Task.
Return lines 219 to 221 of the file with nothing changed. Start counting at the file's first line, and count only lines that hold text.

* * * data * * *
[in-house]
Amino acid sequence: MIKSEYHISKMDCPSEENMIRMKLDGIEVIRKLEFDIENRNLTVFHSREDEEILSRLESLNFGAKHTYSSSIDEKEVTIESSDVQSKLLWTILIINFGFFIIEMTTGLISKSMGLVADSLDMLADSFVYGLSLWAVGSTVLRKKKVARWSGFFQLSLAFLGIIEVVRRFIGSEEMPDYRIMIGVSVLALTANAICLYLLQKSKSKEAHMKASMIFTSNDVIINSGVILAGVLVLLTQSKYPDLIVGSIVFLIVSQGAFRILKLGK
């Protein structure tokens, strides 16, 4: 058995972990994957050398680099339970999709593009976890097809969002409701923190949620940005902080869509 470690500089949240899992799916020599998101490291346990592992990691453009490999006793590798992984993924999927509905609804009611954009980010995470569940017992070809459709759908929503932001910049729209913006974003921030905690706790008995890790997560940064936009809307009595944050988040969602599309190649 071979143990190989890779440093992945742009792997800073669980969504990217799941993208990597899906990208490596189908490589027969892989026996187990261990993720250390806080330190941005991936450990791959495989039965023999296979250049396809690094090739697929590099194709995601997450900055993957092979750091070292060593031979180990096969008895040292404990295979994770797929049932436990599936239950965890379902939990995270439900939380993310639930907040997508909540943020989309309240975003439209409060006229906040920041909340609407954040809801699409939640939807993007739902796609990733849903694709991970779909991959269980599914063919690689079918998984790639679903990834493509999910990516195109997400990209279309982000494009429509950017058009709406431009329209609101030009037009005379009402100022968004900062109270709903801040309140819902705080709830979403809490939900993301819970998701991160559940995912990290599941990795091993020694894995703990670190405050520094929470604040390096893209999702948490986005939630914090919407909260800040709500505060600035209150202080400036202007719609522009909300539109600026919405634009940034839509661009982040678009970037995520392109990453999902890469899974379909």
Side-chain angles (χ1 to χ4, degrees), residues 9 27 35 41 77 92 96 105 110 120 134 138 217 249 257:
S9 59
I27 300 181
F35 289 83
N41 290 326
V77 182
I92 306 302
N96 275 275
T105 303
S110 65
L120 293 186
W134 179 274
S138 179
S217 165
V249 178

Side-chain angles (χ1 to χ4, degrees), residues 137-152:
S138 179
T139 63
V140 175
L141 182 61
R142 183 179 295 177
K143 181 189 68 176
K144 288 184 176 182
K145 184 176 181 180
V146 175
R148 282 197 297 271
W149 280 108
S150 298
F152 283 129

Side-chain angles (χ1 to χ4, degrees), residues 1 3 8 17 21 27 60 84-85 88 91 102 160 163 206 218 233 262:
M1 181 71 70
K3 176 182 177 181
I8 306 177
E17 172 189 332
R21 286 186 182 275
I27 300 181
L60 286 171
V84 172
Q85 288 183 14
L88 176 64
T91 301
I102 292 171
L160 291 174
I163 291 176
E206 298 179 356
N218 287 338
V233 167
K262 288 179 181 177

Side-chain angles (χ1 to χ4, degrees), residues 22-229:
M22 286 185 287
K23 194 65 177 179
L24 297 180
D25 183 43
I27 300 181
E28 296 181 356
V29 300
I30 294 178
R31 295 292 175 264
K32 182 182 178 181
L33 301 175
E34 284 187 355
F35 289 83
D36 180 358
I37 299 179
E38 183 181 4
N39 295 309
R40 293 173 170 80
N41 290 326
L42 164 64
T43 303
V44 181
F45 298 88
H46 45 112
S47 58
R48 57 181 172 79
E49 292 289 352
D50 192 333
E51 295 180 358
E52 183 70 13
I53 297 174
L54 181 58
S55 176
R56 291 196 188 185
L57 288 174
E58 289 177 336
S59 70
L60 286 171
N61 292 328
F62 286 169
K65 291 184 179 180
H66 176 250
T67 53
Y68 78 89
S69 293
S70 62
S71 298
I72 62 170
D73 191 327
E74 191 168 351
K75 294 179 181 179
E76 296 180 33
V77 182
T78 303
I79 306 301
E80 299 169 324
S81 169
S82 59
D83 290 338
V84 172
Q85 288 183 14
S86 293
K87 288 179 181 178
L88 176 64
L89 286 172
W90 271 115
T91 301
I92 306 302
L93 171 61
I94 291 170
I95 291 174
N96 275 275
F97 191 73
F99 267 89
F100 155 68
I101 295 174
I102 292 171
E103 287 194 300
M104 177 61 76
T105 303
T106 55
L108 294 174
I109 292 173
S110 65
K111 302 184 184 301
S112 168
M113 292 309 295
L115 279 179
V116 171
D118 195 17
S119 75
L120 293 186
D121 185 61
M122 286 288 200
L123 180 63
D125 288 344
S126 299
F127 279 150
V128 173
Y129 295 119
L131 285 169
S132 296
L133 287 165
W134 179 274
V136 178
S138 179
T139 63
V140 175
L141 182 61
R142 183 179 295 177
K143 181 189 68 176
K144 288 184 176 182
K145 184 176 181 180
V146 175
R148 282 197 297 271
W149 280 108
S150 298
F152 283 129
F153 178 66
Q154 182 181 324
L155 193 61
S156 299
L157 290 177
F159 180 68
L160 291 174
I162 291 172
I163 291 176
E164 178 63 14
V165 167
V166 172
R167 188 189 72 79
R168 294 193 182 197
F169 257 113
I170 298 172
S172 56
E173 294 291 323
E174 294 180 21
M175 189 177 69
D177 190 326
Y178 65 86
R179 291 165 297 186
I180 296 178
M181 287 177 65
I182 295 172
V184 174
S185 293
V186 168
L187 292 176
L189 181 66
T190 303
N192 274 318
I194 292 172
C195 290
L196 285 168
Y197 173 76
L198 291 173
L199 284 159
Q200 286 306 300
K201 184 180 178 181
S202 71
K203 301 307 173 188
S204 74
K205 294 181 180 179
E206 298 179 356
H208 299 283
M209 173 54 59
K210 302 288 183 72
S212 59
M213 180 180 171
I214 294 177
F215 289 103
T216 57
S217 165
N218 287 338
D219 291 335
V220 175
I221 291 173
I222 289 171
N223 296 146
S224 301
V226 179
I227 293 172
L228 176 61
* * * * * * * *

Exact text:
K210 302 288 183 72
S212 59
M213 180 180 171